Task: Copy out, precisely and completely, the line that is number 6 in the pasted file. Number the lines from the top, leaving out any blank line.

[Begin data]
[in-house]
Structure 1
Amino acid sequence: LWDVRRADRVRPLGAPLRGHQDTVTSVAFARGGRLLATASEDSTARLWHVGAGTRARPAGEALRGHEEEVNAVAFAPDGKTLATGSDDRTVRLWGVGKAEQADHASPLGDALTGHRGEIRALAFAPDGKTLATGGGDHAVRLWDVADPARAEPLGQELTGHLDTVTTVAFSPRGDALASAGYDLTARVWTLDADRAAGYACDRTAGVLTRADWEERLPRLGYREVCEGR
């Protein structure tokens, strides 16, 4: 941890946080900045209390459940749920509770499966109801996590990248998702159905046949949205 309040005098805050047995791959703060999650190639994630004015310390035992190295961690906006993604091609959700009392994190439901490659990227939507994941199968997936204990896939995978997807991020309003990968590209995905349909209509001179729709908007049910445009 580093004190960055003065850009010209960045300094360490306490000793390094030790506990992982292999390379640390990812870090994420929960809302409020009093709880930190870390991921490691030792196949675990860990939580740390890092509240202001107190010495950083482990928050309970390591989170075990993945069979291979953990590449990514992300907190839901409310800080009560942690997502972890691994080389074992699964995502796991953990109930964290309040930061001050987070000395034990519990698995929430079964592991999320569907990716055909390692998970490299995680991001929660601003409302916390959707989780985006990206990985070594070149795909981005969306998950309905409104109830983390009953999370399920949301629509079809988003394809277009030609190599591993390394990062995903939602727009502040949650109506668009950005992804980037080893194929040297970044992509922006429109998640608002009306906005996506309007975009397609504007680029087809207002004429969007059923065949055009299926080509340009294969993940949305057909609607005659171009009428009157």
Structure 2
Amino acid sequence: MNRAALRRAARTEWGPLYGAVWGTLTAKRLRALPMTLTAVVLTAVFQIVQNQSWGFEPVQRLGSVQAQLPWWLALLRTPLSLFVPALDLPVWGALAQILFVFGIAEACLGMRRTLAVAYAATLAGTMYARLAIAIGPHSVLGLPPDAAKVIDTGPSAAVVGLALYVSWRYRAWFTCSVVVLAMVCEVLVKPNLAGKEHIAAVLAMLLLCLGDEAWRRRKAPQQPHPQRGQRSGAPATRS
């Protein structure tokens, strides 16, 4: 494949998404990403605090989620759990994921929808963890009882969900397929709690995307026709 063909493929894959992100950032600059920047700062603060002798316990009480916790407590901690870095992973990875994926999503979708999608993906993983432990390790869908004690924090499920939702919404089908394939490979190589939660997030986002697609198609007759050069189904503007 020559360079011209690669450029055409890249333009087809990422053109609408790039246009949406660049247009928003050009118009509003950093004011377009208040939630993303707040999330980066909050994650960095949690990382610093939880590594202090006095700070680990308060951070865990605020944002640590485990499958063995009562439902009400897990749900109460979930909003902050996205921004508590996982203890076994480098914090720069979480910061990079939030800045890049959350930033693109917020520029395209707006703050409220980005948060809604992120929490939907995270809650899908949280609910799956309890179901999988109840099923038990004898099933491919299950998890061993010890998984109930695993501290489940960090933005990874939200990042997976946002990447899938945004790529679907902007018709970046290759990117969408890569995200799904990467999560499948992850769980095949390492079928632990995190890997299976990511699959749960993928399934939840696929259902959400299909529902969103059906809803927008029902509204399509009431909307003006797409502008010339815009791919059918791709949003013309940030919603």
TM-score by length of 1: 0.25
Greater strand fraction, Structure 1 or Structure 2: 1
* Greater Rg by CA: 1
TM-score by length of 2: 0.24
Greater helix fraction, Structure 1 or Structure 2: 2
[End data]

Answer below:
Amino acid sequence: MNRAALRRAARTEWGPLYGAVWGTLTAKRLRALPMTLTAVVLTAVFQIVQNQSWGFEPVQRLGSVQAQLPWWLALLRTPLSLFVPALDLPVWGALAQILFVFGIAEACLGMRRTLAVAYAATLAGTMYARLAIAIGPHSVLGLPPDAAKVIDTGPSAAVVGLALYVSWRYRAWFTCSVVVLAMVCEVLVKPNLAGKEHIAAVLAMLLLCLGDEAWRRRKAPQQPHPQRGQRSGAPATRS